Solenopsis molesta

            Pheidole pilifera

 

Other:  Millipedes

Isopods

Springtails

Earthworms (for making my own soil)

Soil Centipedes (Geophilomorpha sp.)

Stone Centipedes (Lithobius sp.)

Mealworms/Superworms

Indian Mealmoth Culture

Dipluras

Some types of mites


#4 Offline AnthonyP163 - Posted June 18 2018 - 8:21 PM

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Strumigenys! My favorite! Good luck with these guys.

Honestly the main reason I'm keeping them is to find when they get alates. This way I can try and catch queens and attempt the founding of their colonies.

 

A keeper in Nebraska found a mated queen in March.



#5 Offline AntsAreUs - Posted June 18 2018 - 8:48 PM

AntsAreUs

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Strumigenys! My favorite! Good luck with these guys.

Honestly the main reason I'm keeping them is to find when they get alates. This way I can try and catch queens and attempt the founding of their colonies.

 

A keeper in Nebraska found a mated queen in March.

 

Walking around or inside a log or something? I wouldn't be surprised if it was a queen from a previous years flight.


Currently keeping:

Ants:    Temnothorax schaumii - Journal

            Temnothorax curvispinosus

            Myrmecina americana - Journal

            Ponera pennsylvanica - Journal

            Formica incerta Journal

            Formica subsericea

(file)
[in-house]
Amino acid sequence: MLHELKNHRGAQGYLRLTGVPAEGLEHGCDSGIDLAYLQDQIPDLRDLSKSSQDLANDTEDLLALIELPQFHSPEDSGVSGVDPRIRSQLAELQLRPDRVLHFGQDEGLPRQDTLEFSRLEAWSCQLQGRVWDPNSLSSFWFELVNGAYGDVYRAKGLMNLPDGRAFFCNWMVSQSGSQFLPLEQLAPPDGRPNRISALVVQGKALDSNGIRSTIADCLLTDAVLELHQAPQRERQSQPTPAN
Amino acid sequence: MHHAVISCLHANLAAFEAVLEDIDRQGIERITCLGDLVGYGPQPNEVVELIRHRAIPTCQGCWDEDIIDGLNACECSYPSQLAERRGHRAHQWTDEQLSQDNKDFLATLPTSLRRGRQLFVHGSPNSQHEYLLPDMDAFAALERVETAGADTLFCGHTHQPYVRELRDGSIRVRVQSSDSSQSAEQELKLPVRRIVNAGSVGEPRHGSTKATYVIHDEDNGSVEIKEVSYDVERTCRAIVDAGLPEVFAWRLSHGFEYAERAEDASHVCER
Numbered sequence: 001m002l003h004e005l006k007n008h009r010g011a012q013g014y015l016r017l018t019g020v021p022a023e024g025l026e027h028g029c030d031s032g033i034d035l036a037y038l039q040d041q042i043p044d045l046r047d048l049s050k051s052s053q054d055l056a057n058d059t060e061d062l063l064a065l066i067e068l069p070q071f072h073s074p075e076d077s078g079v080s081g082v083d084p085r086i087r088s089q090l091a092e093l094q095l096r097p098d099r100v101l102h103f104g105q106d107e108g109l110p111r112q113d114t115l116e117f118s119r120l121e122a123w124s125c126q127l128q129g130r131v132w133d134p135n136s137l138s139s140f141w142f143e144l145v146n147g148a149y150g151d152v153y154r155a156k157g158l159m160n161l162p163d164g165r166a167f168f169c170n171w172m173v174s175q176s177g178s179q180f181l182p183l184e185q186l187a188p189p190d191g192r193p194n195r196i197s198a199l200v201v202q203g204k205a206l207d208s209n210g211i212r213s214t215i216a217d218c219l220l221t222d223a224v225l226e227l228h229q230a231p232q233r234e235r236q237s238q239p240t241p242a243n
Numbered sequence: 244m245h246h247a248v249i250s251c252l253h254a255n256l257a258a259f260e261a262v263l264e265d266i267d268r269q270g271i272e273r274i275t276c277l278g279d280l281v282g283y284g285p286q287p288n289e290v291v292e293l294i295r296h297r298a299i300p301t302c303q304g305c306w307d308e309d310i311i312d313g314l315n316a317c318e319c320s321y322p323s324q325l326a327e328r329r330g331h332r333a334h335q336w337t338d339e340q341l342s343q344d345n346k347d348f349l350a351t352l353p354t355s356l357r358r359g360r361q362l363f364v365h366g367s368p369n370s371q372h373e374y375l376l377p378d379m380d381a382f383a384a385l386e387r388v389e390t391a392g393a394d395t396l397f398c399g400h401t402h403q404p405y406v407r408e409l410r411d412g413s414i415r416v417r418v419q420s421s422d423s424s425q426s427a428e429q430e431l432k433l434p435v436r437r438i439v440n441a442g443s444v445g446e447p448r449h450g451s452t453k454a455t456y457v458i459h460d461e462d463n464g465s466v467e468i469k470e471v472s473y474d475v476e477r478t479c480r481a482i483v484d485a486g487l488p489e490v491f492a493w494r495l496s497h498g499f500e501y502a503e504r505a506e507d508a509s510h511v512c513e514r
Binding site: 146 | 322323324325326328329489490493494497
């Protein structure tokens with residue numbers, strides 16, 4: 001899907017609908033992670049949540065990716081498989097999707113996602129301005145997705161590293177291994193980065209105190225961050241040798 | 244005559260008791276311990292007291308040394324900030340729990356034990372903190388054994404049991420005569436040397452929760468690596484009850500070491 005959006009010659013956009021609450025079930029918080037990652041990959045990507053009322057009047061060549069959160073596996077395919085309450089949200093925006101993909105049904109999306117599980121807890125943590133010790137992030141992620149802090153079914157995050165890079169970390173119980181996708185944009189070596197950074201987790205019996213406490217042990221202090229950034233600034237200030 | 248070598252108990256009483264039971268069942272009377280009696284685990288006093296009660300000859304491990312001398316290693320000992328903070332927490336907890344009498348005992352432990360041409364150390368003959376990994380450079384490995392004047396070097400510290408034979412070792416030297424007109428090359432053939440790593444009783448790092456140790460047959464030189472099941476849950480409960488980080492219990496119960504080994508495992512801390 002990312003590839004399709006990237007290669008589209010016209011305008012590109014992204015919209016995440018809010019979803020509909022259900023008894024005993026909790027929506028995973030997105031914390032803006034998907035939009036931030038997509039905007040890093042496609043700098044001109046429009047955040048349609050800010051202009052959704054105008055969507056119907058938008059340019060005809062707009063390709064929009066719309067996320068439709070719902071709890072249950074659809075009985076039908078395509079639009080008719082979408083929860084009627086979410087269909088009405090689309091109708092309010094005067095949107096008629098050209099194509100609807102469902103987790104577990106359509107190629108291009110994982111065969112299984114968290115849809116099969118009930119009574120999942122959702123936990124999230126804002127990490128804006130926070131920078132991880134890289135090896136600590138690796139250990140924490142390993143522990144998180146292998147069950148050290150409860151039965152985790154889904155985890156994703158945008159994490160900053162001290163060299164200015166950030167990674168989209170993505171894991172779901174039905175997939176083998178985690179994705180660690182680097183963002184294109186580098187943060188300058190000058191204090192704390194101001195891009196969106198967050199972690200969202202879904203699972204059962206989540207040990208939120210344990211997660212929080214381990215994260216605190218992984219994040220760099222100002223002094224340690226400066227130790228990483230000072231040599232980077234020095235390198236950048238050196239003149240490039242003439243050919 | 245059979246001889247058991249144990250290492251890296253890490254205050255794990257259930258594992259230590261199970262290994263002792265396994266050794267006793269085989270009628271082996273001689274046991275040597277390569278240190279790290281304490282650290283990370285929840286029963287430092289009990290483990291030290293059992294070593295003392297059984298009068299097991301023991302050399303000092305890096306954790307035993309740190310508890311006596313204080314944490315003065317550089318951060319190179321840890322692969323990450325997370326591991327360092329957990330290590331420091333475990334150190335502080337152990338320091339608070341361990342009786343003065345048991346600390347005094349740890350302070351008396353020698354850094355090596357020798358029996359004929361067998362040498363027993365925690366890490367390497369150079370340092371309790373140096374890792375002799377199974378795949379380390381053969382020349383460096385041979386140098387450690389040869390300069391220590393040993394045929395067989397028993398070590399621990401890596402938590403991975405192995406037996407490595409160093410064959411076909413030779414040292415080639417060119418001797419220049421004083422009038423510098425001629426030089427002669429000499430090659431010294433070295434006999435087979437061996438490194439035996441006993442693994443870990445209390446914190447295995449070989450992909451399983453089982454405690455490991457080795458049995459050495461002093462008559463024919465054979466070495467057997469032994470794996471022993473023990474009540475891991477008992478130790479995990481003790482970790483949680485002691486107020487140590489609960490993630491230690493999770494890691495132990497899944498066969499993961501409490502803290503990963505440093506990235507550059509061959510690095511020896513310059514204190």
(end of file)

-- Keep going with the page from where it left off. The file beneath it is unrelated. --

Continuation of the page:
Formica rubicunda

            Aphaenogaster tennesseensis - Journal

            Aphaenogaster rudis Journal

            Myrmica spp. Journal

            Camponotus chromaiodes - Journal

            Camponotus pennsylvanicus

            Camponotus subbarbatus - Journal

            Camponotus sp.

            Strumigenys pergandei - Journal (Discontinued)

            Strumigenys pilinasis - Journal

            Hypoponera opacior

            Tetramorium immigrans - Journal

            Tapinoma sessile - Journal

            Lasius americanus

            Lasius neoniger

            Lasius murphyi

            Solenopsis molesta

            Pheidole pilifera

 

Other:  Millipedes

Isopods

Springtails

Earthworms (for making my own soil)

Soil Centipedes (Geophilomorpha sp.)

Stone Centipedes (Lithobius sp.)

Mealworms/Superworms

Indian Mealmoth Culture

Dipluras

Some types of mites


#6 Offline AnthonyP163 - Posted June 18 2018 - 9:10 PM

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Strumigenys! My favorite! Good luck with these guys.

Honestly the main reason I'm keeping them is to find when they get alates. This way I can try and catch queens and attempt the founding of their colonies.

 

A keeper in Nebraska found a mated queen in March.

 

Walking around or inside a log or something? I wouldn't be surprised if it was a queen from a previous years flight.

 

He found her in the forest I believe.



#7 Offline AntsAreUs - Posted July 1 2018 - 1:43 PM

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7/1/18

 

These are doing surprisingly great! I didn't see many foraging so I thought something bad happened. I would only assume that they are well fed because of this.

 

Look at all that brood. :D

9qCZGpu.jpg


Currently keeping:

Ants:    Temnothorax schaumii - Journal

            Temnothorax curvispinosus

            Myrmecina americana - Journal

            Ponera pennsylvanica - Journal

            Formica incerta Journal

            Formica subsericea

            Formica rubicunda

            Aphaenogaster tennesseensis - Journal

            Aphaenogaster rudis Journal

            Myrmica spp. Journal

            Camponotus chromaiodes - Journal

            Camponotus pennsylvanicus

            Camponotus subbarbatus - Journal